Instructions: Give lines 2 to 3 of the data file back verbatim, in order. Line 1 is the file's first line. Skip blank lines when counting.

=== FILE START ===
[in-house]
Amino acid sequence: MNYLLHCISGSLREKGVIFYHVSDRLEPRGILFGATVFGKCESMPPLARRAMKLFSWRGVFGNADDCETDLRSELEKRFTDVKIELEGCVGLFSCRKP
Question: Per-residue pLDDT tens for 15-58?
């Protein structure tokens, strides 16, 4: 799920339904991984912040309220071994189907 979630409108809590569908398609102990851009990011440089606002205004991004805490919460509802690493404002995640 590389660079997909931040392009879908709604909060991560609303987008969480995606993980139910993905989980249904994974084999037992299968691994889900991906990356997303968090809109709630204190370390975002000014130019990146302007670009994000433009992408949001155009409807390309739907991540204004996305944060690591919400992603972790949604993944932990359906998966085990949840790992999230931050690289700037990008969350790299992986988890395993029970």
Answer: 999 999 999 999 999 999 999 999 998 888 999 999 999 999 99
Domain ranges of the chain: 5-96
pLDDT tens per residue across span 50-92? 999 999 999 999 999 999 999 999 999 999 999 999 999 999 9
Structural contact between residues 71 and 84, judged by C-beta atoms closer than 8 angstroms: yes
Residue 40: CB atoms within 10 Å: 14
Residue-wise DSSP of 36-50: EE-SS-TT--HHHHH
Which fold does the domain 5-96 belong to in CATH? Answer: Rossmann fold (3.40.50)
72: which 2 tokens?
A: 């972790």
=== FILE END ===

Amino acid sequence: MNYLLHCISGSLREKGVIFYHVSDRLEPRGILFGATVFGKCESMPPLARRAMKLFSWRGVFGNADDCETDLRSELEKRFTDVKIELEGCVGLFSCRKP
Question: Per-residue pLDDT tens for 15-58?